Tag: <span>SVN</span>

I’m currently part of a cross company initiative (started at the grassroot level) that is aiming at improving our product based information, making the messaging more consistent and ensuring that our customers hear get the information they need, at the time they need it. This is from Marketing down through Sales and into the product documentation itself.

Everyone involved understands the benefits and can see the potential we have if we take this approach. Ultimately it should decrease the information silos across the company and make sure that duplicate content is kept to a minimum. It’s fair to say that, at present, our company is at Level One (with Level Two pretensions) on the Information Process Maturity Model:

“Information developers work independently, designing and developing their content in isolation from other developers in their organization.”

The common aim (and at this point I’ll point out that I’ve not mentioned the IPMM to anyone else yet, but have had it in my head as I helped start the initiative) is to get to Level Three which seems like a good place on which we can build further in the future. Level Three states:

“Information developers are encouraged to form teams to plan, design, and develop content regarding the same product or process. Opportunities for sharing content among deliverables increases because developers are more aware of the content being created by their colleagues. Developers frequently form self-organized teams to jointly produce a result.”

The good news is that, purely because some of us are already talking about the product information, there are other people starting to consider doing the same for other areas of information.

However there is something that will block us and that is the age old problem of document management, and yes the title of this post hints at what we are considering using to help us solve that problem.

The nature of the information we will be producing is very document-centric as a lot of it is written with mind to handing it to a (potential) customer. Currently there is likely to be a small group of people who will be authoring the content, and we had considered using our SVN repository to provide versioning and access control. We’d then publish the documents to a central location on the network.

Still not ideal but, given the current economic climate, it was a free solution for a grassroots level project and we all agreed it would be better to prove our approach was correct first before going cap in hand to ask for funds for a document management system (there are other reasons we shied away from that solution of course, administration and maintenance being one of them).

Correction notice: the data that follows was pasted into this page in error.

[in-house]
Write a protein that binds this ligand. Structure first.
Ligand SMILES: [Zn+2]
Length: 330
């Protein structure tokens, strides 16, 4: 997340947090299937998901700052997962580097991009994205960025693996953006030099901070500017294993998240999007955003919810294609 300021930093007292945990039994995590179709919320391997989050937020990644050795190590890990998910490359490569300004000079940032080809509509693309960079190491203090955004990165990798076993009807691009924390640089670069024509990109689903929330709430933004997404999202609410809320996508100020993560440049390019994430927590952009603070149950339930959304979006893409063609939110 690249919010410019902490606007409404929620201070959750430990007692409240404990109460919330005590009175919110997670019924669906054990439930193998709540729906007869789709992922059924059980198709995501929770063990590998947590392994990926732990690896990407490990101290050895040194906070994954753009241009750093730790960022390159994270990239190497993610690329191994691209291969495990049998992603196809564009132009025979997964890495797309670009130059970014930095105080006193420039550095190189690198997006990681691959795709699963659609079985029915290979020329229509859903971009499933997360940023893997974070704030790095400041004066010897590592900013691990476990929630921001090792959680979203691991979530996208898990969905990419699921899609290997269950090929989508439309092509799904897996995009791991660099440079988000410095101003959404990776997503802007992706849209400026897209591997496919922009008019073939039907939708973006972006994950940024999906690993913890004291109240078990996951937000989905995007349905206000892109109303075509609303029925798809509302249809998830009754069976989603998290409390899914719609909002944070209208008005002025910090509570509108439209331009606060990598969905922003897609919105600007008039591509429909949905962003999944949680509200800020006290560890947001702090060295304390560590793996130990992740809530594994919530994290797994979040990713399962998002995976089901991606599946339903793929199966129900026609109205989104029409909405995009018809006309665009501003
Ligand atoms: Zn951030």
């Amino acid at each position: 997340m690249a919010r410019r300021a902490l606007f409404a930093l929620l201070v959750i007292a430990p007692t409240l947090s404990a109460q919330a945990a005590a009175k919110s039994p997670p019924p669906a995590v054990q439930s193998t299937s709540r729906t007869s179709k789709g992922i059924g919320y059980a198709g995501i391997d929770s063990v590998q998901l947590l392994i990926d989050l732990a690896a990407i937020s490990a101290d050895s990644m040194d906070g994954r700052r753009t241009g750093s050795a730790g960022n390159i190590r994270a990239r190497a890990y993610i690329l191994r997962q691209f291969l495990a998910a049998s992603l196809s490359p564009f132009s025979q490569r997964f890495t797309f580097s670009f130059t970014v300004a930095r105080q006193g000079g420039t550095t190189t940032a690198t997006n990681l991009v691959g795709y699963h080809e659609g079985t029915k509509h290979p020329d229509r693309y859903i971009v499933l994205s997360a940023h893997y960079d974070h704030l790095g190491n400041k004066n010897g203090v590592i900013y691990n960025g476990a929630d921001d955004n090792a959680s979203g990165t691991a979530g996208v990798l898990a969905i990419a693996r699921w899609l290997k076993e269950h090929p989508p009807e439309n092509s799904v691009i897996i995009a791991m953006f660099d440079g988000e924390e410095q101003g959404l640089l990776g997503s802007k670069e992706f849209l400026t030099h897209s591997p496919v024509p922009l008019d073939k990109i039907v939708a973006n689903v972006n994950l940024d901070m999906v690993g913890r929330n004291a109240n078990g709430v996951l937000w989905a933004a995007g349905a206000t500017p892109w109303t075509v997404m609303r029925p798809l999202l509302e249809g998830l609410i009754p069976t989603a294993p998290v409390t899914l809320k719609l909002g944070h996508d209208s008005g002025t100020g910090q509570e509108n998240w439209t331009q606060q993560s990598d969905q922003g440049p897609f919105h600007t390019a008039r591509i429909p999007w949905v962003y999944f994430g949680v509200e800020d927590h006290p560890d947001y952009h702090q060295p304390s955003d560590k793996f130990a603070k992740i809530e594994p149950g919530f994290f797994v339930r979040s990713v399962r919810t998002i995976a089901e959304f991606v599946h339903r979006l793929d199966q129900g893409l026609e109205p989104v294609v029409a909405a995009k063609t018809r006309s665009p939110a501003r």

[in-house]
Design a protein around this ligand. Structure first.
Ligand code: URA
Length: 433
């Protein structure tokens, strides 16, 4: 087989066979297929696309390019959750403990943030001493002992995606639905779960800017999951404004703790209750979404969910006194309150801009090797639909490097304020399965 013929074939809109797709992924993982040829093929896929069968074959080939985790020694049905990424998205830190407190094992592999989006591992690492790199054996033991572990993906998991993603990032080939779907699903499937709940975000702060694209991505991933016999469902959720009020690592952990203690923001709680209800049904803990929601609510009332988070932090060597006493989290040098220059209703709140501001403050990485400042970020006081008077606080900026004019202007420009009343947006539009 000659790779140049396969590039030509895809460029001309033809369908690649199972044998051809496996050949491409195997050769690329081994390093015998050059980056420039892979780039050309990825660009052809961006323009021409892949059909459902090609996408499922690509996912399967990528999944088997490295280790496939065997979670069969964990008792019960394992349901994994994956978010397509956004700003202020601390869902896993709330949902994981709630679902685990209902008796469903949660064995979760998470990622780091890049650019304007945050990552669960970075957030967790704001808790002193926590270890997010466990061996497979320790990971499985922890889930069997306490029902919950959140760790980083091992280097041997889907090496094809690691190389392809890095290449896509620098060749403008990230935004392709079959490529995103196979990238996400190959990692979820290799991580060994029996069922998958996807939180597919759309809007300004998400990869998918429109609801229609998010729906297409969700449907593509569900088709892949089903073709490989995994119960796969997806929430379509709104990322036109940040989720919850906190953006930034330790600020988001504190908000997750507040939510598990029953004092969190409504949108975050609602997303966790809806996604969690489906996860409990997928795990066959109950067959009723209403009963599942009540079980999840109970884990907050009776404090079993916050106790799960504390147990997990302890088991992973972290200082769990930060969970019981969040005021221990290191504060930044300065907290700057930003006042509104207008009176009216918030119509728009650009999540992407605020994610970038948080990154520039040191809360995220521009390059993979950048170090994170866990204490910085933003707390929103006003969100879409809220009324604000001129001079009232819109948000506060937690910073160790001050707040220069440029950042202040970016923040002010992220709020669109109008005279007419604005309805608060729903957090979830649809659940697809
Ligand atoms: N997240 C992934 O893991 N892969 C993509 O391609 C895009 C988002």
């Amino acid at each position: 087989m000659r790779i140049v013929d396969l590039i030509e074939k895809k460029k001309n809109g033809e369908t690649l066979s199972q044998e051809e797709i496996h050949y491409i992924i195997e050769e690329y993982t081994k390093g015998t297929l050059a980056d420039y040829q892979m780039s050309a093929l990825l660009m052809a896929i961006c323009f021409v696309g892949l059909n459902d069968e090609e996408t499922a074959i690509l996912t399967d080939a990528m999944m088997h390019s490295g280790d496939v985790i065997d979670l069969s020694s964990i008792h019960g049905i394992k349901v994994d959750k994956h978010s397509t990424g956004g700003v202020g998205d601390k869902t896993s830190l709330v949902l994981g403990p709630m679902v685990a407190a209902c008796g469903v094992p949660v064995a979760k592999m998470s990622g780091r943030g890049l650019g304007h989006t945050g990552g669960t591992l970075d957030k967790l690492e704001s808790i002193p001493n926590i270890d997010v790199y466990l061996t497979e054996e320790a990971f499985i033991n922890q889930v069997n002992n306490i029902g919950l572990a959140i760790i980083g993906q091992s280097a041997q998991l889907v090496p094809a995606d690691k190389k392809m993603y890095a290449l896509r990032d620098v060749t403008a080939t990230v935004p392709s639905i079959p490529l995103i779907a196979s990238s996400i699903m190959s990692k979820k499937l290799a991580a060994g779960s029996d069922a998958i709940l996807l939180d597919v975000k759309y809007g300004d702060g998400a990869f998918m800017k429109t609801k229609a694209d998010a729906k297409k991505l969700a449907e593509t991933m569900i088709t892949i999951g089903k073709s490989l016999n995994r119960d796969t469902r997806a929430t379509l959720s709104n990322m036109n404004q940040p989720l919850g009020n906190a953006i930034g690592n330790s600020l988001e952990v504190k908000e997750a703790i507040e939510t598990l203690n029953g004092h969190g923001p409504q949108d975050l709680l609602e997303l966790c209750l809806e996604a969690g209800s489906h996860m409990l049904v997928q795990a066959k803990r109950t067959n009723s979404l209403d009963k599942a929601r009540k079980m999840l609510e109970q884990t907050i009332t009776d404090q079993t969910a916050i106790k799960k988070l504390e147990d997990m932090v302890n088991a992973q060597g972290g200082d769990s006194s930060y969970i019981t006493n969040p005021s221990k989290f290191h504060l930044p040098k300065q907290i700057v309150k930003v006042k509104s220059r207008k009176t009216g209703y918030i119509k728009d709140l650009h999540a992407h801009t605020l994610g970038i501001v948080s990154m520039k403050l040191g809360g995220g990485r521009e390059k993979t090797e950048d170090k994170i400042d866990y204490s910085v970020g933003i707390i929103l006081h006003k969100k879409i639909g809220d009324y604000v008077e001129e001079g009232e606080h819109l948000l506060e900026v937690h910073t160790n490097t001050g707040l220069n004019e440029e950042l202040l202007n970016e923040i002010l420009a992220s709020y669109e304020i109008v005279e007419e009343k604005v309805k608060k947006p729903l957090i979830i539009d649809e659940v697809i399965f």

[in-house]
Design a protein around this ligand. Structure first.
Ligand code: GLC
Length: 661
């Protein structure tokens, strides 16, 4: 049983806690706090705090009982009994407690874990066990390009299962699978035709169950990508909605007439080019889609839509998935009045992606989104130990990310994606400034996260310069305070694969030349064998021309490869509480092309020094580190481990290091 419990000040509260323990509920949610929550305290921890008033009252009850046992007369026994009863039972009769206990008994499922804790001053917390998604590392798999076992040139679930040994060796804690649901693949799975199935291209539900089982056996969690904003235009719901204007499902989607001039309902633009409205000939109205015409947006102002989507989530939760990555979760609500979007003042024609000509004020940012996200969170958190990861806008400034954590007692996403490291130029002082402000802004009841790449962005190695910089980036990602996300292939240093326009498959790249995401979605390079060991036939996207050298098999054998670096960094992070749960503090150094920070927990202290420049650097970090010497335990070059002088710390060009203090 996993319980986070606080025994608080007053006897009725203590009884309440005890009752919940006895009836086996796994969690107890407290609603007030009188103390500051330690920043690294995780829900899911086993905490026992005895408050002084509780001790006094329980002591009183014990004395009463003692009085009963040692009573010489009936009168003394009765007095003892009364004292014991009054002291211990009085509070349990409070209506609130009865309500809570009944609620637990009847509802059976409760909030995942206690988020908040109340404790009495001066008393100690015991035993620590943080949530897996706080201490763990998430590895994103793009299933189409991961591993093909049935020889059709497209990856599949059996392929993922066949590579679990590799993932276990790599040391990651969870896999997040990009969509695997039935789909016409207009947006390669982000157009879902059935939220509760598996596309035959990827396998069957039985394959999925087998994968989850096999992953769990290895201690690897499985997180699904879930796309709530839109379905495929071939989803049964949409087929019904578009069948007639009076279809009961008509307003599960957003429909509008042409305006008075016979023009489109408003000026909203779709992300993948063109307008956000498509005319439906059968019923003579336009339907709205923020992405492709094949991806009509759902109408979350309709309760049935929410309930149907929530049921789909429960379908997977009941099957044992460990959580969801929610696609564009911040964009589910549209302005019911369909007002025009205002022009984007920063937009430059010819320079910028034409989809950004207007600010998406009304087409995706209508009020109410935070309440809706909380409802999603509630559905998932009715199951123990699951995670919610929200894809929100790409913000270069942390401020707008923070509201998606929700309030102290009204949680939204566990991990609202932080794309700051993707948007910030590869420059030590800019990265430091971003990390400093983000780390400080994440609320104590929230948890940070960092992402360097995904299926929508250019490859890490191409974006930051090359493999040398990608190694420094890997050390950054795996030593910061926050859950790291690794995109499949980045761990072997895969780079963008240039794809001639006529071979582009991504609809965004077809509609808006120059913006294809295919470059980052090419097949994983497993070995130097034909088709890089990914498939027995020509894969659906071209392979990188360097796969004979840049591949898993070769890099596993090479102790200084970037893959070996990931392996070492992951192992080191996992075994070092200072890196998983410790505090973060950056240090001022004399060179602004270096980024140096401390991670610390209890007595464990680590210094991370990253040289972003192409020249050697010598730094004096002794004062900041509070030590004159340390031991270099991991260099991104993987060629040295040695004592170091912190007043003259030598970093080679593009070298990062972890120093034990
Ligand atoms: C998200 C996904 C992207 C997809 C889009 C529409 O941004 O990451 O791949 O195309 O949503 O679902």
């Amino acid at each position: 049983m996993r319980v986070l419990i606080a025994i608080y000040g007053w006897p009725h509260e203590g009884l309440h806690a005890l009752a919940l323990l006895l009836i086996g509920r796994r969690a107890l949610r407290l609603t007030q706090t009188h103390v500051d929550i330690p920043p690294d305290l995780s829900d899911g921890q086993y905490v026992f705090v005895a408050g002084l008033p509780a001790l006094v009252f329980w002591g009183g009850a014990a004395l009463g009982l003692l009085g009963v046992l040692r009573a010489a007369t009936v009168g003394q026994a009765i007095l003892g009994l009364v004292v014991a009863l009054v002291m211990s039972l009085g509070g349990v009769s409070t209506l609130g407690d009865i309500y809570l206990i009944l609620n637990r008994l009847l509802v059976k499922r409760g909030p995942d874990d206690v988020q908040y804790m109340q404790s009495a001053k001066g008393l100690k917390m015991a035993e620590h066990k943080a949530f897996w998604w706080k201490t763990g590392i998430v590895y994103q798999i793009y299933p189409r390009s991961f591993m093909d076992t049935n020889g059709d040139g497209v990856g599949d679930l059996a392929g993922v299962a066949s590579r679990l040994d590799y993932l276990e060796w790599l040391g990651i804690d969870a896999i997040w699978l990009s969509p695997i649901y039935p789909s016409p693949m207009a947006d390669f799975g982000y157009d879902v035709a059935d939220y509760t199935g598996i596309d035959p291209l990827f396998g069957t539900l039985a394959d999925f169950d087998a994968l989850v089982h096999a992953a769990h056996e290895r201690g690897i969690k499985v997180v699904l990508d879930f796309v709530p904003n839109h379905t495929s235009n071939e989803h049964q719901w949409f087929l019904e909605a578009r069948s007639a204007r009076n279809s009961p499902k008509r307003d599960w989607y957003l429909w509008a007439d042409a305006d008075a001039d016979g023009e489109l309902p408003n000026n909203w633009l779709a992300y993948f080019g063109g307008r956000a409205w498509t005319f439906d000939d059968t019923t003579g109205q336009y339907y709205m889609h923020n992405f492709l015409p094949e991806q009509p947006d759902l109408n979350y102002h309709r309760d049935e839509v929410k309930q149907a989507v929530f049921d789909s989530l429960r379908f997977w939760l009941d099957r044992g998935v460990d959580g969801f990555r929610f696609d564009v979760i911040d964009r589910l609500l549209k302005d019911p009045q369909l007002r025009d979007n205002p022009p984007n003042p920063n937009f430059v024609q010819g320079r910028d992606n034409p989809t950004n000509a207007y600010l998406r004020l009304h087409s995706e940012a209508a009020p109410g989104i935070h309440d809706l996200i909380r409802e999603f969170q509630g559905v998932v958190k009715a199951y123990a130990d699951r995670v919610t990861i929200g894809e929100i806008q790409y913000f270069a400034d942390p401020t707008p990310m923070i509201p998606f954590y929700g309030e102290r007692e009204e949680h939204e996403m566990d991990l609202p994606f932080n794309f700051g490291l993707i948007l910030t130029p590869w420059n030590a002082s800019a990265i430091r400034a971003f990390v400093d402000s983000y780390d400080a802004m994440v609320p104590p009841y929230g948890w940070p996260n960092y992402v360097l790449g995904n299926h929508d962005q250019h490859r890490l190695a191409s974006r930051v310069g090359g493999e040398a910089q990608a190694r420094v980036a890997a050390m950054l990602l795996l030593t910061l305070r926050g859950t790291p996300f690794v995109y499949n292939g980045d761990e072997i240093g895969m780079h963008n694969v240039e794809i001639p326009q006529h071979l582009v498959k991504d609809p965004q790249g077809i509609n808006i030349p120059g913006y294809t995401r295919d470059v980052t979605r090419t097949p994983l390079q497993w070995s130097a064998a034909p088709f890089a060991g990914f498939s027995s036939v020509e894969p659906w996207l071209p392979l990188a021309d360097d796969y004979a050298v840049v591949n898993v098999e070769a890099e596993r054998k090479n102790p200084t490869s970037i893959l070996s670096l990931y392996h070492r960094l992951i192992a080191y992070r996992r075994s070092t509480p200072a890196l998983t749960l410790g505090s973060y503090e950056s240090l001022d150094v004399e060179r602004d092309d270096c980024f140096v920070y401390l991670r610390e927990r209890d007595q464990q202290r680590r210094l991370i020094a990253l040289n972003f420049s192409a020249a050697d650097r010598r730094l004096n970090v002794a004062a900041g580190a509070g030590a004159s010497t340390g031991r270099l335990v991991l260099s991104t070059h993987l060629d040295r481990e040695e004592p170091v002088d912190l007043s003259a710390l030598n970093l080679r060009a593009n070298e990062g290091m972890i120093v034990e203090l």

Then, by chance the other day, one of my colleagues mentioned that he’d just gotten in new MSDN discs and license and he spotted something called SharePoint and “hey, isn’t that something to do with documents? Can you guys use it at all?”.

After rolling my eyes a little (I thought I’d broken that ‘you are the document guys’ mode of thought already!), I realised that yes I could use it, and that it might well be ideal for our cross company initiative.

And so it is I come to find myself reading up on SharePoint installations, configurations and usage. My first port of call will be Tom Johnson but if anyone else has any good pointers please leave a comment.

I’m not entirely sure if it will meet our needs but, if nothing else, it’ll be good blog fodder. Consider yourself warned.

Tech Work

Prompted by an excellent article – Subversion for writers – I thought it might be useful to offer a Windows view. Like most software groups, our development team use a version control system to manage multiple versions of the product; we have customers using many previous versions and all are maintained in the same system so we can patch fixes back through multiple versions.

Our team of writers use the same system, although as we are using FrameMaker we lose some of the nicer features but the core reasons for using a version control system remain – files are locked by whoever is working on them, and we have a full version history of changes made, including when, who and why.